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Public Meetings Announced To Discuss Con Edison's Westchester Gas Moratorium

Con Edison crews at the scene of the reported gas leak in Sleepy Hollow.
Con Edison crews at the scene of the reported gas leak in Sleepy Hollow. Photo Credit: Kempter's Fire Wire

The New York Public Service Commission will host public meetings in Westchester next months to discuss Con Edison’s announced gas moratorium that will begin in March.

Con Ed issued an announcement last week stating that the demand for new gas has surpassed its limits in the Southern Westchester area, prompting them to stop accepting new customers in Westchester beginning in March.

“The demand for natural gas in our service area has been experiencing significant growth primarily due to the construction of new buildings, the opening of new businesses, and conversions from oil to cleaner-burning natural gas in existing buildings,” they posted on their website. “But all of this new demand for gas is reaching the limits of the current supplies to our service area.”

In response to a public outcry from local residents, officials and developers, the PSC Chair John Rhodes announced that there will be public hearings in Westchester beginning the week of Feb. 11.

“The PSC is dedicated to ensuring that consumers have access to affordable, clean and reliable energy sources. The recent decision by Con Edison to stop accepting new customers raises a number of concerns that the Commission is committed to taking quick and diligent steps to address,” he stated.

“As a first step, Department of Public Service (DPS) staff will lead a comprehensive analysis and develop a report to review the changing market conditions that gave rise to Con Edison’s decision and to develop recommendations to make certain that utilities across the state are able to meet customer needs in a manner consistent with the State’s energy goals. As part of this analysis, the staff will focus on Westchester County and other areas of the state that may have issues related to natural gas supply and demand.”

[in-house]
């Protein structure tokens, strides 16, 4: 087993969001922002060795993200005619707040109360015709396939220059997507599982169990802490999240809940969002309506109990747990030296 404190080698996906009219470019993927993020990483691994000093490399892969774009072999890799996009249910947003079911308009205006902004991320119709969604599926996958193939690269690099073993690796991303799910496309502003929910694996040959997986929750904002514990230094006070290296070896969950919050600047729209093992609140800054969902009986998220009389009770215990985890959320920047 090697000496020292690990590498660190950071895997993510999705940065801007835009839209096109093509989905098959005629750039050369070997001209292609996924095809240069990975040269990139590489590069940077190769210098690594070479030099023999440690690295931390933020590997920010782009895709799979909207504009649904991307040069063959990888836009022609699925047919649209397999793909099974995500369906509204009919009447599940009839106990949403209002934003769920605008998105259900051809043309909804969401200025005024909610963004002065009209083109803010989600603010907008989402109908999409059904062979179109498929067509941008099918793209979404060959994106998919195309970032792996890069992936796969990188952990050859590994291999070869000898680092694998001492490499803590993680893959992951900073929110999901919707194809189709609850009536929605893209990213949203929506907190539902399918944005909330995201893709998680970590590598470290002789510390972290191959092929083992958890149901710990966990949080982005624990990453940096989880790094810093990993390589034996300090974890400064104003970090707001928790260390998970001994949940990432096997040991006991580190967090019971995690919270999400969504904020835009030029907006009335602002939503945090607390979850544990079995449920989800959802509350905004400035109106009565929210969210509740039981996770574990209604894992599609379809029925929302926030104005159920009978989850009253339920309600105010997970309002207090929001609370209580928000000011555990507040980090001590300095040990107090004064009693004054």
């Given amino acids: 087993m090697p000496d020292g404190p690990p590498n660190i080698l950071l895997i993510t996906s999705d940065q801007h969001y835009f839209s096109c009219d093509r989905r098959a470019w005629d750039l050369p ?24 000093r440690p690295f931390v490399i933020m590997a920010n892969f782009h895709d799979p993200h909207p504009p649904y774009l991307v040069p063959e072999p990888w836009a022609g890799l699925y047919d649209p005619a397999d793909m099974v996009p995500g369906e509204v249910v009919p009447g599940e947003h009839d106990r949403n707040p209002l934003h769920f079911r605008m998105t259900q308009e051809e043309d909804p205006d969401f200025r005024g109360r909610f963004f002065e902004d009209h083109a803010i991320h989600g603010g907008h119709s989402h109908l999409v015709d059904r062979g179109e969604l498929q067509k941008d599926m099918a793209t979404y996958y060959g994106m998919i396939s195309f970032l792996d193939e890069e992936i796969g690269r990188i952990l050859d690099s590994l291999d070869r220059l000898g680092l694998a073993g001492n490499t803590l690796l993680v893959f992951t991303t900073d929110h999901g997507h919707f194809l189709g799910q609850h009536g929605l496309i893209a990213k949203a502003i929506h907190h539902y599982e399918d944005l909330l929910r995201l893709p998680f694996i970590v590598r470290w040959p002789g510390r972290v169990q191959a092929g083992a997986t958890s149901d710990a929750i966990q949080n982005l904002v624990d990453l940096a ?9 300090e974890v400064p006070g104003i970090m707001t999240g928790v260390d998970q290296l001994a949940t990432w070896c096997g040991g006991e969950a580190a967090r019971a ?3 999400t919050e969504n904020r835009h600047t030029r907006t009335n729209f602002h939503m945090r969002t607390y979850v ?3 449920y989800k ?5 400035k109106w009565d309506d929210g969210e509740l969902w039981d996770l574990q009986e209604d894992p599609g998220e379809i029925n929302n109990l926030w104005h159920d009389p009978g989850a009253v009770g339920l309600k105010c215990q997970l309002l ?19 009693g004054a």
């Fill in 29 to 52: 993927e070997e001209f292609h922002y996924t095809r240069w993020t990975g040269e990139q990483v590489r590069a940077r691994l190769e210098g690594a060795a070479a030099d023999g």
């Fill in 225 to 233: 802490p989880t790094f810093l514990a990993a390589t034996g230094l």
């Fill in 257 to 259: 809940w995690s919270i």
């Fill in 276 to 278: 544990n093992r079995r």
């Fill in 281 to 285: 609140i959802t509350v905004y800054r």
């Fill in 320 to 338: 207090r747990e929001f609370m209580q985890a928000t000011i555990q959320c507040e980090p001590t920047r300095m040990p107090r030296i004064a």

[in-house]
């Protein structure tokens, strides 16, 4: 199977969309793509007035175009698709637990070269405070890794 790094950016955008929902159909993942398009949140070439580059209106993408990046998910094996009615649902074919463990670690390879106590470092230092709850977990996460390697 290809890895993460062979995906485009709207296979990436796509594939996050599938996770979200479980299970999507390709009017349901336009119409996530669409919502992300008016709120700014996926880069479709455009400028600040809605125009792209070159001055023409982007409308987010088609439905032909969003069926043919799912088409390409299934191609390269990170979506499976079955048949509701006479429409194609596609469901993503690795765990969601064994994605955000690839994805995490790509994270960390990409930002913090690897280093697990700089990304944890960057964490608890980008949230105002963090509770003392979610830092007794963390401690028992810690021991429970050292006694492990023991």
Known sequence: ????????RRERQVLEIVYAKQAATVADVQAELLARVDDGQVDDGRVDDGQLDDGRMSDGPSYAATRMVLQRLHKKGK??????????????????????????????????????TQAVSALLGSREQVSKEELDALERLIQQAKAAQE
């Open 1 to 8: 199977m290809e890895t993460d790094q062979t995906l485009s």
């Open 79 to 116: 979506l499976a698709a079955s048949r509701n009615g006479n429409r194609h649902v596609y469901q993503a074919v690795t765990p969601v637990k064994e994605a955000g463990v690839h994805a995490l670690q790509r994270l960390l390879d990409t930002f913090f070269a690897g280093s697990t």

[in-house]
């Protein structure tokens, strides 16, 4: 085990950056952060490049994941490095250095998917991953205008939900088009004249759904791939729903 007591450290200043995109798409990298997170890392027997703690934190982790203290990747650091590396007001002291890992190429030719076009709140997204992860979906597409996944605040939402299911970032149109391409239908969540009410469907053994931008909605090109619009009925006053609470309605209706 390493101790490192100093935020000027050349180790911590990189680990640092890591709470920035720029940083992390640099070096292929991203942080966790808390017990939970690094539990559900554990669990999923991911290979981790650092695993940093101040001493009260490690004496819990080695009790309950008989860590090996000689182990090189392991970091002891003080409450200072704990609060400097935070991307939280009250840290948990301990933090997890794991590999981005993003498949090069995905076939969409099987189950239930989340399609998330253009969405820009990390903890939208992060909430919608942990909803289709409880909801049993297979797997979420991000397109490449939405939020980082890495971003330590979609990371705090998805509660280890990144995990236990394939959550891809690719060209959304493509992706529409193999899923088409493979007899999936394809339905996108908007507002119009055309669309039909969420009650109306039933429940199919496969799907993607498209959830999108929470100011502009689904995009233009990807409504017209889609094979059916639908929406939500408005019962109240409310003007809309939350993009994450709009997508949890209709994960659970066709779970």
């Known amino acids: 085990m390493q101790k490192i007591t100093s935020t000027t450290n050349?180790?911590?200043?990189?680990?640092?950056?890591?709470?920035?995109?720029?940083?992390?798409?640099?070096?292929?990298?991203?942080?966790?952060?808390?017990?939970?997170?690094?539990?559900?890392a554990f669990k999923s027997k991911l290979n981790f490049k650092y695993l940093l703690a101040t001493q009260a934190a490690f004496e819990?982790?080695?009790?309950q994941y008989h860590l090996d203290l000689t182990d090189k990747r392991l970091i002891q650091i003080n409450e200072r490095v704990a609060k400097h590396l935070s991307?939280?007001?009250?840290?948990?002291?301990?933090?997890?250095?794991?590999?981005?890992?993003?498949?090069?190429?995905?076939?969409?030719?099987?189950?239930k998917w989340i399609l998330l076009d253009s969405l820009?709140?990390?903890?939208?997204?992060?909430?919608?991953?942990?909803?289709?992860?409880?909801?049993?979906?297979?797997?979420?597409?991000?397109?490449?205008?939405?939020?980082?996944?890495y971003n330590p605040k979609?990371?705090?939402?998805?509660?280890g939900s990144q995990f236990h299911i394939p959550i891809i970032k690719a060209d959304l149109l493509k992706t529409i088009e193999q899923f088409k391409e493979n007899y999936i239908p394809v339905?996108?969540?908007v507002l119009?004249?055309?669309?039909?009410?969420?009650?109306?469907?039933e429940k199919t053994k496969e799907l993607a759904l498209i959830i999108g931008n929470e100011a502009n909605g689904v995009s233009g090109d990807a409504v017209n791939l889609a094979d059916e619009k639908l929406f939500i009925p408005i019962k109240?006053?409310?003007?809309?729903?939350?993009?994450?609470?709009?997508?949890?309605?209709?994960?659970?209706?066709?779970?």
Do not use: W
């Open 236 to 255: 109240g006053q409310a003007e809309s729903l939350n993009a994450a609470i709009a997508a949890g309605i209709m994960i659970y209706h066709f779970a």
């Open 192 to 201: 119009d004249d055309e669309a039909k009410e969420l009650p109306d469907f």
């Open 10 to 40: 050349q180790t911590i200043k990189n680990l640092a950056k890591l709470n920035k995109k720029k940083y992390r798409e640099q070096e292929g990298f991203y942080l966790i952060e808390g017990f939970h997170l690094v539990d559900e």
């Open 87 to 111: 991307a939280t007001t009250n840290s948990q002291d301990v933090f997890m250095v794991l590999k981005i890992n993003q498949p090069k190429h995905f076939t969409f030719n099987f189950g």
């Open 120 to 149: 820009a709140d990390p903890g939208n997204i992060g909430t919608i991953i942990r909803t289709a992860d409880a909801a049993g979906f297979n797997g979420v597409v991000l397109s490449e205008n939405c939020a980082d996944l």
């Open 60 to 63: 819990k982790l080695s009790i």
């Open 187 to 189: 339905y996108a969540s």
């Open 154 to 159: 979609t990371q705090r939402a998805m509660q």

Rhodes said that his staff will analyze short-term and long-term market conditions, along with the capacity of natural gas infrastructure and alternatives, and their role in aiding the transition to a clean energy economy.

“The report will consider all options available to utilities to respond to changing market conditions.”

The report and recommendations will be submitted by July 1 to the Public Service Commission and State Energy Planning Board for review and an assessment of policies, programs, and regulations that “can ensure safe, reliable, affordable, and clean sources of energy, while also supporting economic development and the state’s transition to clean energy sources.”

The moratorium didn’t shock everyone, with Marsha Gordon, the President and CEO of the Business Council of Westchester, calling it “a wake-up call for all who are focused on the economic present and future of Westchester and the entire metropolitan area.”

“While the shortage announcement came as a surprise, it shouldn't have,” she said. “The supply crisis has been in the making for years as virtually any attempt to add major new natural gas capacity to the region has been either rejected or drowned out by calls for finding new alternative energy sources instead.

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